Nottingham’s group for 'trans children': where’s the safeguarding? by Lily Moffat
Trans4Me is a group run jointly by Nottingham City Council, Nottingham clinical commissioning group (CCG) and Nottingham Children and Adolescent Mental Health Service (CAMHS). The group’s Facebook page says it is “open group for young people who identify as transgender/nonbinary/gender-variant.” A flyer for the group is typically cutesy: “Just when the caterpillar thought its world was over, it became a butterfly.”
Publicity for the group, which meets weekly, says it is aimed at children aged 12-18, though one listing describes the age range as 13-19. There is no mention in any of the publicity for the need for parental or carer approval or involvement.
You might already have your eyebrows raised at the wide age range: youth groups don’t usually have children as young as 12 or 13 mixing with adults of 18 or 19. You might be even more perturbed to discover that one of the group’s activities in March this year included a presentation on sexual health and hygiene from an organisation called the Health Shop – fine for older adolescents, perhaps, but not ideal in a group that potentially includes both 12 year old girls and 18 year old boys. The Department for Education’s guidelines state that resources used to teach about gender and biological sex should be “age-appropriate”.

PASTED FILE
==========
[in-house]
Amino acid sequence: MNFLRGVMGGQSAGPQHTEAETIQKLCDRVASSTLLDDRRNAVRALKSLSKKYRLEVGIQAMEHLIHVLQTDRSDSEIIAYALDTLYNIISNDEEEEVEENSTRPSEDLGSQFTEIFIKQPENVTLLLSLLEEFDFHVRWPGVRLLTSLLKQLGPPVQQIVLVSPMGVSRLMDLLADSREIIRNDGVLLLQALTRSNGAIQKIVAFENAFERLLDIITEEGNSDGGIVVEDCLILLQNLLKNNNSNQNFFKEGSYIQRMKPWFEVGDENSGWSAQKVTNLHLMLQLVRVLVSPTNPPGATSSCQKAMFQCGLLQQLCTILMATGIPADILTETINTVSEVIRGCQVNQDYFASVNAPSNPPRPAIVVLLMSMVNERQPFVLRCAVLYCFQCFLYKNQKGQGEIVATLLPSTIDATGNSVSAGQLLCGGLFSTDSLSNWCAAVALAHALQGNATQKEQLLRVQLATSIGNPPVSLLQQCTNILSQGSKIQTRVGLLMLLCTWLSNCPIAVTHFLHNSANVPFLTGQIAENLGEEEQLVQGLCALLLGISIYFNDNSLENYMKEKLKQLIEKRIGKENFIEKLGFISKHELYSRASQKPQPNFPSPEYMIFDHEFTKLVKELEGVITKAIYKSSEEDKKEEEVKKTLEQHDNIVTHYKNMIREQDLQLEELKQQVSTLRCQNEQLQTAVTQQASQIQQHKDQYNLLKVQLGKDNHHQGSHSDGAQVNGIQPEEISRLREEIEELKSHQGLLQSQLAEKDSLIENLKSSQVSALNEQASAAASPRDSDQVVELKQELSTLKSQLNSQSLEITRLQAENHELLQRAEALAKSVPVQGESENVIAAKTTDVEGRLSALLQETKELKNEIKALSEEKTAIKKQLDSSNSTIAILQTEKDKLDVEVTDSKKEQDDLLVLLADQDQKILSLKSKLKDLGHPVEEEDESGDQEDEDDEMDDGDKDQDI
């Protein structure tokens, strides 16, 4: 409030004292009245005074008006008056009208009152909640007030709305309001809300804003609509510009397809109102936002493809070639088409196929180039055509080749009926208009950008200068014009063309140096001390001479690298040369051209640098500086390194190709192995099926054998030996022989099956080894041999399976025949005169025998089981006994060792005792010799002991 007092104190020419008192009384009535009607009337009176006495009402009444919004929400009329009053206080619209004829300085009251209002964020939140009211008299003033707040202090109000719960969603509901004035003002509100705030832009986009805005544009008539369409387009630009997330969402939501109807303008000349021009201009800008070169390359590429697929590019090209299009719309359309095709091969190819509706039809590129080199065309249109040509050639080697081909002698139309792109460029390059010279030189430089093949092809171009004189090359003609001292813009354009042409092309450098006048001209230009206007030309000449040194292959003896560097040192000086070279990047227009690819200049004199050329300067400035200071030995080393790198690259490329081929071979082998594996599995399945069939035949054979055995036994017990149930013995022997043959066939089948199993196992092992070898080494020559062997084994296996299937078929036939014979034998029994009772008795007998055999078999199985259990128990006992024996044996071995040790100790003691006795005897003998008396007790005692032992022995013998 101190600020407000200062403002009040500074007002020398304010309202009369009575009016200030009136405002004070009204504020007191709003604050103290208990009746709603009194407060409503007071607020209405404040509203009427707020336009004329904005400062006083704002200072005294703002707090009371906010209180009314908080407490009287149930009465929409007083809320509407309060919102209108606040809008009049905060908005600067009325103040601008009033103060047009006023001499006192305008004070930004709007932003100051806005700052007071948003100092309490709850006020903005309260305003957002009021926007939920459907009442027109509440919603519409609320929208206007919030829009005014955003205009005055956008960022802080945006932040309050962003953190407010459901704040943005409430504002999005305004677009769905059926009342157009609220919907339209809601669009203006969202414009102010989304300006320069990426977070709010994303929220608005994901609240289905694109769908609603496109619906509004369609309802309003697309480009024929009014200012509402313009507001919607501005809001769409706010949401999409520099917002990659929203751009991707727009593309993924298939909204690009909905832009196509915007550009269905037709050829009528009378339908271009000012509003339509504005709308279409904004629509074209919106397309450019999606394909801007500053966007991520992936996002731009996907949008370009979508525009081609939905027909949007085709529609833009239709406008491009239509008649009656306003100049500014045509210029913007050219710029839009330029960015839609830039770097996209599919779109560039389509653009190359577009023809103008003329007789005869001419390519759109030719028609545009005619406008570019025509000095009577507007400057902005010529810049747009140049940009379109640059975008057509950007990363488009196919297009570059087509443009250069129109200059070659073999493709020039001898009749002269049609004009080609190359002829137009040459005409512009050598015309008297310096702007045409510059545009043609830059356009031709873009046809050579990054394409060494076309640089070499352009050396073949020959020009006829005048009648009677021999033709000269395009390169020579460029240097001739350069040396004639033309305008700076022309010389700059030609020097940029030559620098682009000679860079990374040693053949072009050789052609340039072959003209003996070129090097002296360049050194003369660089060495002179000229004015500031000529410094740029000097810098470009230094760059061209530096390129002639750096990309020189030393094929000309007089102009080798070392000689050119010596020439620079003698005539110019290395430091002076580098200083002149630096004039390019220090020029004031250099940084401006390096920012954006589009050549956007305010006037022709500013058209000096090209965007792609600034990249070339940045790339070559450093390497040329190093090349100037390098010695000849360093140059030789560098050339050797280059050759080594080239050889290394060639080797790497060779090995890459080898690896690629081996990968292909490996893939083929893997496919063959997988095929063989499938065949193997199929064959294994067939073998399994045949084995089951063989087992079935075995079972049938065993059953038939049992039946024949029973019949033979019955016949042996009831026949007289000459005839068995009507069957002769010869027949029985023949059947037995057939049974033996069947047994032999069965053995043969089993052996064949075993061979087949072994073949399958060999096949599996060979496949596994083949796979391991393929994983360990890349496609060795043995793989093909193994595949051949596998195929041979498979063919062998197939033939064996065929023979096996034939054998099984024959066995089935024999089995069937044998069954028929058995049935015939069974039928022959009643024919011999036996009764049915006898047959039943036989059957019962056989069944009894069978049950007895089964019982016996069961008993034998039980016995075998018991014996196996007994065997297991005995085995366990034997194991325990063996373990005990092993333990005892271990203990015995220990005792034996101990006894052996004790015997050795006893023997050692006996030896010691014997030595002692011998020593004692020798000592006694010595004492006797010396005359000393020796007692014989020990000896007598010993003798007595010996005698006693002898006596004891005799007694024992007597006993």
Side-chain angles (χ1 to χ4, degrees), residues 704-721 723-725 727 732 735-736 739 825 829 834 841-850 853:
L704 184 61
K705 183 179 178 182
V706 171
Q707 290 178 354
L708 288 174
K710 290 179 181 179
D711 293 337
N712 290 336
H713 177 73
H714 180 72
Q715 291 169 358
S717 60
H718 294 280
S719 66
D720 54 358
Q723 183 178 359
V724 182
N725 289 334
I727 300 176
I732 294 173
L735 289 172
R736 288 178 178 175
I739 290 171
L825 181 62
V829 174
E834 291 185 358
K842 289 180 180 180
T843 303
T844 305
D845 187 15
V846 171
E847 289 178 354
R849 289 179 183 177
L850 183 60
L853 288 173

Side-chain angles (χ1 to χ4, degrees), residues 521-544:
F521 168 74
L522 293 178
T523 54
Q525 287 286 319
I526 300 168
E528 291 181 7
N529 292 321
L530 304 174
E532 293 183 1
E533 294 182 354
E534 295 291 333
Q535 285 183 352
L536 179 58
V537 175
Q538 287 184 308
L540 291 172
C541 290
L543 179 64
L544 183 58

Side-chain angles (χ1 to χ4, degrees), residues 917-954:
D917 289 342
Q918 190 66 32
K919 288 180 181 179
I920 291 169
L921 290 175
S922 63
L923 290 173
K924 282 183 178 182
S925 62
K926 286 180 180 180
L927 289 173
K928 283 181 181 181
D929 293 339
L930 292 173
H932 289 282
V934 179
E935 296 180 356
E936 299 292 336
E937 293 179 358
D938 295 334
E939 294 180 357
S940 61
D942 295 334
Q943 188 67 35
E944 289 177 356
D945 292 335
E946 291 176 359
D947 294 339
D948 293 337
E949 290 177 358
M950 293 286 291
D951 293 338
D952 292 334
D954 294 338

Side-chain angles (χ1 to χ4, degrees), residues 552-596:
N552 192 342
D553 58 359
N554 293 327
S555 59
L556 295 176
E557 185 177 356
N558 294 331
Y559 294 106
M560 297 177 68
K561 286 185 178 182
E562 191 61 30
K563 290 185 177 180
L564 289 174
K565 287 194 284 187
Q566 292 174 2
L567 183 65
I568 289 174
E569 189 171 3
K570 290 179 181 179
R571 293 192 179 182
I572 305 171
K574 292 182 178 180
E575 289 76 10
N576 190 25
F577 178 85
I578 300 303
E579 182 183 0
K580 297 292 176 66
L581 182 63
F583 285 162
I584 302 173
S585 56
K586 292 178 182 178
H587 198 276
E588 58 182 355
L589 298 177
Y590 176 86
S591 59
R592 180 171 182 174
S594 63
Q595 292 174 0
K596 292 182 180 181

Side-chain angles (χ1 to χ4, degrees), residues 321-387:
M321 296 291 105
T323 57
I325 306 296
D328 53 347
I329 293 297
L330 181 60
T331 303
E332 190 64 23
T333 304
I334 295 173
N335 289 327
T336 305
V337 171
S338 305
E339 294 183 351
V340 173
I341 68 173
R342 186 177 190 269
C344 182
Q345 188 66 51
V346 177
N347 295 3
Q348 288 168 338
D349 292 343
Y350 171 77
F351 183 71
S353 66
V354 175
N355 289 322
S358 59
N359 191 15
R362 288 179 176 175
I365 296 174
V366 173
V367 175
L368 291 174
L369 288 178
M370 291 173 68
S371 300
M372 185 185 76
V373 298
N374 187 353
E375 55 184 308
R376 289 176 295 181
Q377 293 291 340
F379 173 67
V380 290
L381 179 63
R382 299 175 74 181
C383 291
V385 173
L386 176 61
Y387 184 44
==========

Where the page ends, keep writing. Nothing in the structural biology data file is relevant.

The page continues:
But what really sets alarm bells ringing is the fact that Trans4Me is run by a woman called Sharon O Love. Love’s LinkedIn profile describes her as a clinical mental health specialist at CAMHS and manager of SHARP (Self-harm Awareness & Resource Project).
Outside her mental health role, however, Love works as a DJ at adult entertainment events, as her Twitter account reveals:
She was also tagged in this tweet by The Damon Heart from 2016, which she has “liked”:
The Damon Heart is an adult performer: scrolling down brings up some very explicit tweets. Anyone viewing the account will see recommendations for other sexual content, including a gay porn blog. In other words, any of Trans4Me’s members curiously googling for information about the group facilitator will find this content very quickly.
In many organisations, the explicit nature of Love’s social media feed would lead to a warning from the HR department. In Nottingham, however, it’s no bar to running a group for young adolescent children.
Not only that, but in Nottingham everyone seems to love Trans4Me. The council’s autism team has promoted the group publicly, even though we know that children with autism are a particularly vulnerable group who are susceptible to messages that they may be trans.
Until 2017, Trans4Me, was led by a trans man called Jacub Sabo-Dutton. Jacub also likes to post explicit sexual content on Instagram, Facebook and Twitter. (In fairness, Jacub seems to have started posting on these accounts only after leaving Trans4Me.) These days, Jacub, whose Facebook page is called Sexting with Bleu, posts “Strictly 18+” content on OnlyFans.
Our understanding is that safeguarding concerns have been raised both online and directly with the city council and local police force, but there has so far been no response.
Nottingham City Council have been approached for comment.